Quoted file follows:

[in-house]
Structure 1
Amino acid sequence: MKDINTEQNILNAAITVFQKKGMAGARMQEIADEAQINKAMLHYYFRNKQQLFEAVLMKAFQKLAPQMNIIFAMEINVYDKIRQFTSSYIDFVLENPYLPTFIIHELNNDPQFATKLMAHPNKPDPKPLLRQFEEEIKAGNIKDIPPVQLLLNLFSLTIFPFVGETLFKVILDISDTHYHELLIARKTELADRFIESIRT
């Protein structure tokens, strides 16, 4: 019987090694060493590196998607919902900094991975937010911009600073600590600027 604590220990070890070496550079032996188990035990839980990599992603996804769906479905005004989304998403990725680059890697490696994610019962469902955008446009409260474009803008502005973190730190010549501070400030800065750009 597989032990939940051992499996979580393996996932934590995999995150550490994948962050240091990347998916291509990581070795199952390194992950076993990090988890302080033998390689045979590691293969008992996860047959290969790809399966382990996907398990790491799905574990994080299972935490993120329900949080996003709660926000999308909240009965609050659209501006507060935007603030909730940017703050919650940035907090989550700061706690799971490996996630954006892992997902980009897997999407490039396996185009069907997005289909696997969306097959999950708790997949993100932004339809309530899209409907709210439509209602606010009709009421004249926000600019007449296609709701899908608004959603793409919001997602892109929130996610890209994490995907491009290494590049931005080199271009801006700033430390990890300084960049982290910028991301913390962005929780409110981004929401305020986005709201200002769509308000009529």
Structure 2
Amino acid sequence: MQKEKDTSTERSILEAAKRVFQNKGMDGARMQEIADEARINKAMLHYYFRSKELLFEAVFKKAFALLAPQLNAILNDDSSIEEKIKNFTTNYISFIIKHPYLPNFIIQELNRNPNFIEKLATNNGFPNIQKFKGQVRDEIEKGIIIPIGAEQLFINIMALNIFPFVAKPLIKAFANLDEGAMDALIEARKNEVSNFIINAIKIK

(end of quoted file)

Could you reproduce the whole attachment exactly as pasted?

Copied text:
[in-house]
Structure 1
Amino acid sequence: MKDINTEQNILNAAITVFQKKGMAGARMQEIADEAQINKAMLHYYFRNKQQLFEAVLMKAFQKLAPQMNIIFAMEINVYDKIRQFTSSYIDFVLENPYLPTFIIHELNNDPQFATKLMAHPNKPDPKPLLRQFEEEIKAGNIKDIPPVQLLLNLFSLTIFPFVGETLFKVILDISDTHYHELLIARKTELADRFIESIRT
């Protein structure tokens, strides 16, 4: 019987090694060493590196998607919902900094991975937010911009600073600590600027 604590220990070890070496550079032996188990035990839980990599992603996804769906479905005004989304998403990725680059890697490696994610019962469902955008446009409260474009803008502005973190730190010549501070400030800065750009 597989032990939940051992499996979580393996996932934590995999995150550490994948962050240091990347998916291509990581070795199952390194992950076993990090988890302080033998390689045979590691293969008992996860047959290969790809399966382990996907398990790491799905574990994080299972935490993120329900949080996003709660926000999308909240009965609050659209501006507060935007603030909730940017703050919650940035907090989550700061706690799971490996996630954006892992997902980009897997999407490039396996185009069907997005289909696997969306097959999950708790997949993100932004339809309530899209409907709210439509209602606010009709009421004249926000600019007449296609709701899908608004959603793409919001997602892109929130996610890209994490995907491009290494590049931005080199271009801006700033430390990890300084960049982290910028991301913390962005929780409110981004929401305020986005709201200002769509308000009529």
Structure 2
Amino acid sequence: MQKEKDTSTERSILEAAKRVFQNKGMDGARMQEIADEARINKAMLHYYFRSKELLFEAVFKKAFALLAPQLNAILNDDSSIEEKIKNFTTNYISFIIKHPYLPNFIIQELNRNPNFIEKLATNNGFPNIQKFKGQVRDEIEKGIIIPIGAEQLFINIMALNIFPFVAKPLIKAFANLDEGAMDALIEARKNEVSNFIINAIKIK